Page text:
(G.N.S) Dt. 19
Former CIA director David Petraeus said yesterday that in his entire career he “never once heard the term Indian state-sponsored terrorism”.
Petraeus reportedly jumped in to answer a question actually directed at (soon-to-be former) foreign secretary S Jaishankar from an audience member at the Raisina Dialogue+ , an annual geo-political conference held in New Delhi. The question was about alleged India-sponsored terror.
“I might offer that…as director of the CIA, and commander of ISAF (International Security Assistance Force) in Afghanistan, I never once heard the term ‘Indian state-sponsored terrorism'”, said Petraeus, as seen in a video clip circulating online. He headed ISAF in 2010-2011 and was CIA chief from September 6, 2011, until November 9, 2012.
The former CIA chief’s comment is a slap in the face to Pakistan, which has often accused India of fomenting unrest and terror in the restive Balochistan province+ . Balochis though often talk of the Pakistani state’s and army’s atrocities against them, including alleged rapes and ‘disappearances’.
There is separatism in Balochistan, yes, but Balochis in Pakistan and in exile say that’s a reaction to how they are being treated by the government and the army of their country.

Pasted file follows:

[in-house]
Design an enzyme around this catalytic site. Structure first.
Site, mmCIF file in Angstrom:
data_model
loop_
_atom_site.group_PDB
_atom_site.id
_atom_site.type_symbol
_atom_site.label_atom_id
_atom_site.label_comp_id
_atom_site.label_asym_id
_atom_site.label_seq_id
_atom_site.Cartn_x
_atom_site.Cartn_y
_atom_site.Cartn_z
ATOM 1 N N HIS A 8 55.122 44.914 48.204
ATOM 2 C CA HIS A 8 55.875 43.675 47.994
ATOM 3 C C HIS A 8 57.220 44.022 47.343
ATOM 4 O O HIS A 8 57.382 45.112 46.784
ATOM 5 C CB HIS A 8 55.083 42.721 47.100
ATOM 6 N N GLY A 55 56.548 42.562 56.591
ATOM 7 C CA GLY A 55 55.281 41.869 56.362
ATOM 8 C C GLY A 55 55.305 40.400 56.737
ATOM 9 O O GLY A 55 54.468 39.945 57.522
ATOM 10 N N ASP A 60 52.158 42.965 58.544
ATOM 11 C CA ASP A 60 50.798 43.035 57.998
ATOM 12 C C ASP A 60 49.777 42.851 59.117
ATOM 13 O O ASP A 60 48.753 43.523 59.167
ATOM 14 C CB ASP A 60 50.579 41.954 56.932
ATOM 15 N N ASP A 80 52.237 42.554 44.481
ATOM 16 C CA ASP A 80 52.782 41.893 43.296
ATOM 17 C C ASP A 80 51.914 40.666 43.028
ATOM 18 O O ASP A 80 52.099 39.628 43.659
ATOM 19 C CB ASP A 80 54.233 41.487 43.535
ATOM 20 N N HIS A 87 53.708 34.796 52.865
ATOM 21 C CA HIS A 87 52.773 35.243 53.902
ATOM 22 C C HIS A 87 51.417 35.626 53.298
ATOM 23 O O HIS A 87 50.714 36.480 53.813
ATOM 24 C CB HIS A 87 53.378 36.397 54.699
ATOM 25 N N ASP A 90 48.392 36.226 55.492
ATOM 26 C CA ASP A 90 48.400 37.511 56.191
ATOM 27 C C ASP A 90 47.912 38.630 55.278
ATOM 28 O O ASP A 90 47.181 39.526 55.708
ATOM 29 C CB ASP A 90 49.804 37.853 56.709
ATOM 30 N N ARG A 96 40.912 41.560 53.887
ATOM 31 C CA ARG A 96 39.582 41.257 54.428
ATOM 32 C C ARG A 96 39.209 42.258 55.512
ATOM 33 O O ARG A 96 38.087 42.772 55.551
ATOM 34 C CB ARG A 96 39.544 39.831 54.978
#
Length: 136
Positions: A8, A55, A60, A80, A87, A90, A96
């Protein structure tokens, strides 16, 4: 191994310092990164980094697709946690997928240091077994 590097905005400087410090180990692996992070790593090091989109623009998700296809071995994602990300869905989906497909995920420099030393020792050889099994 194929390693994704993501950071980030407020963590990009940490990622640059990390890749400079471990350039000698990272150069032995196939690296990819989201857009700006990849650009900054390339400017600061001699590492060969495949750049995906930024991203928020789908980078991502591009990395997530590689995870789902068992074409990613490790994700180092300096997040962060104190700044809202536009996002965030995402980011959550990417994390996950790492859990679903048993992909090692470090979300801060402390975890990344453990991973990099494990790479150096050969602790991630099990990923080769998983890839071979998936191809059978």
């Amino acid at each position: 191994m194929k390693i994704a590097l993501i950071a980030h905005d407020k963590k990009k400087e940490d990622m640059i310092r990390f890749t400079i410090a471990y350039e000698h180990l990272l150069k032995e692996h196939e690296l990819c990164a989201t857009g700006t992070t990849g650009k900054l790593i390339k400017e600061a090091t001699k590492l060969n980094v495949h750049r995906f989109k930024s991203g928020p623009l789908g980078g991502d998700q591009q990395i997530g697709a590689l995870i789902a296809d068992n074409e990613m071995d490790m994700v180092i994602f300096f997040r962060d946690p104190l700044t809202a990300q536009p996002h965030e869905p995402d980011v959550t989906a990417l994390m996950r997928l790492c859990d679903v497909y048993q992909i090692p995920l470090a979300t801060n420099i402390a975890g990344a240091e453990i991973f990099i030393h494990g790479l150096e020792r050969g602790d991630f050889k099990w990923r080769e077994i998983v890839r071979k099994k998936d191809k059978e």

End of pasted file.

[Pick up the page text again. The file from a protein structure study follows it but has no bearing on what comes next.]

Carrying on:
Pakistan, though, in the face of sustained international pressure for its providing safe haven for India- and Afghanistan-oriented terror, has often sought refuge in trying to paint India in its own image.
In fact, it even contended that the Indian national Kulbhushan Jadhav+ , whom it has put on death row, was arrested in Balochistan and is an Indian spy. The facts though are that Jadhav was kidnapped in Iran where he was on private business and is a former Navy officer.
Pakistan has lately been under even more fire following the US cracking the whip on it after years of threats it never followed up on. US President Donald Trump began his broadsides against Pakistan in August and kept up the pressure with a New Year’s Day tweet roundly berating the country for “lies and deceit” in return for as much as $33 billion in aid it has got from the US in over the last decade and a half.
The Trump administration then acted on its threats and suspended as much as $2 billion of military assistance to Pakistan, a development that had Islamabad and the country’s army frothing at the mouth.